The Association fears this is a back door attempt by the Government to enforce a policy which breaks the law and which the Treasury has tacitly admitted to AMPS is discriminatory on religious grounds.
Last month the FSA told Money Marketing that Government restrictions on ASPs are nothing to do with its rules. But it then admitted efforts made by the adviser to assess the religious background of clients could be included its its assessment of suitability of advice.
The FSA later denied making the statement.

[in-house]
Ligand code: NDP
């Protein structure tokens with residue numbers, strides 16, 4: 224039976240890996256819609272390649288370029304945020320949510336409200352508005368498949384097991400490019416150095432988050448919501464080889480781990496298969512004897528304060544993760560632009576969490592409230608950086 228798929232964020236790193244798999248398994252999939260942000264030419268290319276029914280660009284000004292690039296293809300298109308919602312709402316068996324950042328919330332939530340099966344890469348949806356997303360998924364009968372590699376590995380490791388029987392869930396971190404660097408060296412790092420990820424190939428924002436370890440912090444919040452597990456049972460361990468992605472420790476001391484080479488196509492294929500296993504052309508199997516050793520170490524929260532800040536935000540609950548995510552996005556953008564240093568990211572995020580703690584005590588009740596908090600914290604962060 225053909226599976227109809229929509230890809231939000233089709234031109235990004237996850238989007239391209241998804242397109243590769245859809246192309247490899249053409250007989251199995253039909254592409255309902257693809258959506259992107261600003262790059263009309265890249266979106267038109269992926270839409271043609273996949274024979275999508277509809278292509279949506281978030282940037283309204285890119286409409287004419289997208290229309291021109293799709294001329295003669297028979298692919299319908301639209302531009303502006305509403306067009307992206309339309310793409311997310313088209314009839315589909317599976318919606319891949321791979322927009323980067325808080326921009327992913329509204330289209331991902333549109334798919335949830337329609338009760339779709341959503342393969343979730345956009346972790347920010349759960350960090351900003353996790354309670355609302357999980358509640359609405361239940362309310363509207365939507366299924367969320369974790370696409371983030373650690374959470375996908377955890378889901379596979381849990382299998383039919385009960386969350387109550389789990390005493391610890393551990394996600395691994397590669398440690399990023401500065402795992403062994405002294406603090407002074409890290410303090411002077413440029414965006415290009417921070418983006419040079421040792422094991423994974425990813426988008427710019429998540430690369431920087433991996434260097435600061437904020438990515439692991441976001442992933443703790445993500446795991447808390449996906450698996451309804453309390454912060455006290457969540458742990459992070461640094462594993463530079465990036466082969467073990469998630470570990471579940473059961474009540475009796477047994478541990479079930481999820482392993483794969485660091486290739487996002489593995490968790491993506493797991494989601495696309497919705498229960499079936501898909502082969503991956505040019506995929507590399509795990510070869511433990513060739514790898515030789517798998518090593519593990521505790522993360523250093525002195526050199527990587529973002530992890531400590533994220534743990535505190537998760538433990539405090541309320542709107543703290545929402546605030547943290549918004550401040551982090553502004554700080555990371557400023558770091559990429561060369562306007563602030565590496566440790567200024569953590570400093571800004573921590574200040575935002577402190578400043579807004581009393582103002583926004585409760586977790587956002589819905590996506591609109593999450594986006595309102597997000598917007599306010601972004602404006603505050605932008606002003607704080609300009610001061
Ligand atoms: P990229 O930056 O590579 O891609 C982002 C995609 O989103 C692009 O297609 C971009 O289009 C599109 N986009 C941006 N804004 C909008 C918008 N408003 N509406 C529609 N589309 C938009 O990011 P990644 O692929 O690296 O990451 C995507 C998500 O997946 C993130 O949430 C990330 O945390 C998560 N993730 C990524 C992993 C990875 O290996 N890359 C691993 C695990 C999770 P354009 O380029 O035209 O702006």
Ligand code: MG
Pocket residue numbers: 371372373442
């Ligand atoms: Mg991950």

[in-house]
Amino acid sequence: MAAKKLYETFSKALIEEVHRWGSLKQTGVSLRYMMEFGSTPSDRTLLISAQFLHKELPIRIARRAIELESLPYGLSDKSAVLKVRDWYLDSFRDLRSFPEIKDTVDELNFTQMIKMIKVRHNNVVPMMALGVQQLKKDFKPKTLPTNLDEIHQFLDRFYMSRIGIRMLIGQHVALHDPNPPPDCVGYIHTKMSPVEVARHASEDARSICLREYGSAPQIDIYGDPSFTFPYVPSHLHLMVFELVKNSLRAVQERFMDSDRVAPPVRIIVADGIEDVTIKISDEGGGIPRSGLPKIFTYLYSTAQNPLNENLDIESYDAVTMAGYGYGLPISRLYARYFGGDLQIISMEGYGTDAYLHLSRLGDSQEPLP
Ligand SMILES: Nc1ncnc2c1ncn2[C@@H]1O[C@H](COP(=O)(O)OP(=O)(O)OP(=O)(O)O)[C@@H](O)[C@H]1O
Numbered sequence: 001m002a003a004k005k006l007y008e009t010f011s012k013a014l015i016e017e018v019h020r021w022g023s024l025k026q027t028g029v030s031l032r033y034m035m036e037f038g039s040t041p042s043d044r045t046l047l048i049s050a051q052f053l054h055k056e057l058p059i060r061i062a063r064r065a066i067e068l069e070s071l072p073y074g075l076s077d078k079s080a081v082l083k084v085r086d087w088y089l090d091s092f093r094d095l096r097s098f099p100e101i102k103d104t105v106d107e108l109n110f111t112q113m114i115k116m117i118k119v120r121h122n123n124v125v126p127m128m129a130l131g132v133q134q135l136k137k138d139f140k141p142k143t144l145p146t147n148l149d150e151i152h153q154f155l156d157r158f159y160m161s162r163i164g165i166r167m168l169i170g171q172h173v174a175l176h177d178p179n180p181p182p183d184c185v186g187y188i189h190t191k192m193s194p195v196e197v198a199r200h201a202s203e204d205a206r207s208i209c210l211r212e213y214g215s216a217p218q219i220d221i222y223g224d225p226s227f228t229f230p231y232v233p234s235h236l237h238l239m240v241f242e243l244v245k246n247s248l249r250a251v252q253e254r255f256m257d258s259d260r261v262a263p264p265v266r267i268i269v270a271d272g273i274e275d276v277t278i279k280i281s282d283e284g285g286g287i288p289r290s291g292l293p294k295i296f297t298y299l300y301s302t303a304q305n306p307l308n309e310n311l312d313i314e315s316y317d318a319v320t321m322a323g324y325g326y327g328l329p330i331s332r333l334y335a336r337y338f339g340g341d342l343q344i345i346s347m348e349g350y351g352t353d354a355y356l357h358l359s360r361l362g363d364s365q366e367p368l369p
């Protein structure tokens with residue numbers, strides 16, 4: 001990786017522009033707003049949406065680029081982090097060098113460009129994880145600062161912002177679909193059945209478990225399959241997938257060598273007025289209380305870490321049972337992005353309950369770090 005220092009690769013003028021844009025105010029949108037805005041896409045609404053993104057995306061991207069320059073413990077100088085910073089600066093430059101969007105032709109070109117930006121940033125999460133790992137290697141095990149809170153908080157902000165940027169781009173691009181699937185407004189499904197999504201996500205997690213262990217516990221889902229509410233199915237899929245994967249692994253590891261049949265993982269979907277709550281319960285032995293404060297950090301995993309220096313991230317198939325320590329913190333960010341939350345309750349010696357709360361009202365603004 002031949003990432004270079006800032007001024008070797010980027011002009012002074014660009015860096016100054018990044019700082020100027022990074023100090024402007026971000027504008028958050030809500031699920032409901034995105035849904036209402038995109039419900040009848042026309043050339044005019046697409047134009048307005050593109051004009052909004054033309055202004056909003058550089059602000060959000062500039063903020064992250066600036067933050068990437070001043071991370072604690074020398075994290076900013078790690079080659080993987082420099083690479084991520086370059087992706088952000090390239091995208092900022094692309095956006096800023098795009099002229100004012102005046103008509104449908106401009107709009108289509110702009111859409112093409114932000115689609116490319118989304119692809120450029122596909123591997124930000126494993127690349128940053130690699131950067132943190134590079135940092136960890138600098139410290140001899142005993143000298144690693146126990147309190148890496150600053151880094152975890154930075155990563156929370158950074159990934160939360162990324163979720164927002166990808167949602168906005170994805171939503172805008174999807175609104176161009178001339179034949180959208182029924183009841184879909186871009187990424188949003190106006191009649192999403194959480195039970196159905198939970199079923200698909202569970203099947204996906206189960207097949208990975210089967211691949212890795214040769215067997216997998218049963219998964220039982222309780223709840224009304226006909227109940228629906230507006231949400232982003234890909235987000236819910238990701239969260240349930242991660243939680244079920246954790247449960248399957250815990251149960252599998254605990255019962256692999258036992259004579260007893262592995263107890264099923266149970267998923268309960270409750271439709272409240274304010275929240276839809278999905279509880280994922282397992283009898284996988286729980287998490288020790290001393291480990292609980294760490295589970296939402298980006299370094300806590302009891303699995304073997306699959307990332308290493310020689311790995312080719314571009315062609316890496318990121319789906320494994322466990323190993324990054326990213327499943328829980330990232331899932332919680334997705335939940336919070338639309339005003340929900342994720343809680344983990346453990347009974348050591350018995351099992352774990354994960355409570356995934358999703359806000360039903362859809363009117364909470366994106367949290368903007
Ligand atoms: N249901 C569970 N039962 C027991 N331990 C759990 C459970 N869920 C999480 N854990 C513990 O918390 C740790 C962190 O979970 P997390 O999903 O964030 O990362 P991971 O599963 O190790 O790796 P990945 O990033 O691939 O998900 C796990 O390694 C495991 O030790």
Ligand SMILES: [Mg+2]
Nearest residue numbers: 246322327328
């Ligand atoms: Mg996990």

AMPS chairman John Bradley says: “I call upon the FSA and the Treasury to meet with industry bodies to resolve the issue of ASP in a sensible and workable fashion. In my opinion the system of ASPs should be given reasonable time for experience to show whether any abuse can or is taking place. By its very nature, ASP is only available to the over 75’s and has only been in existence since 6 April, it is difficult to see how there can be ‘wide spread abuse’. In any case, now that the benefits are to be subject to IHT, there is a gain to the Exchequer from ASP versus annuity rather than a loss. Trying to enforce Government policy through discriminatory practice and the bypassing of Parliament by FSA enforcement is not the way forward.”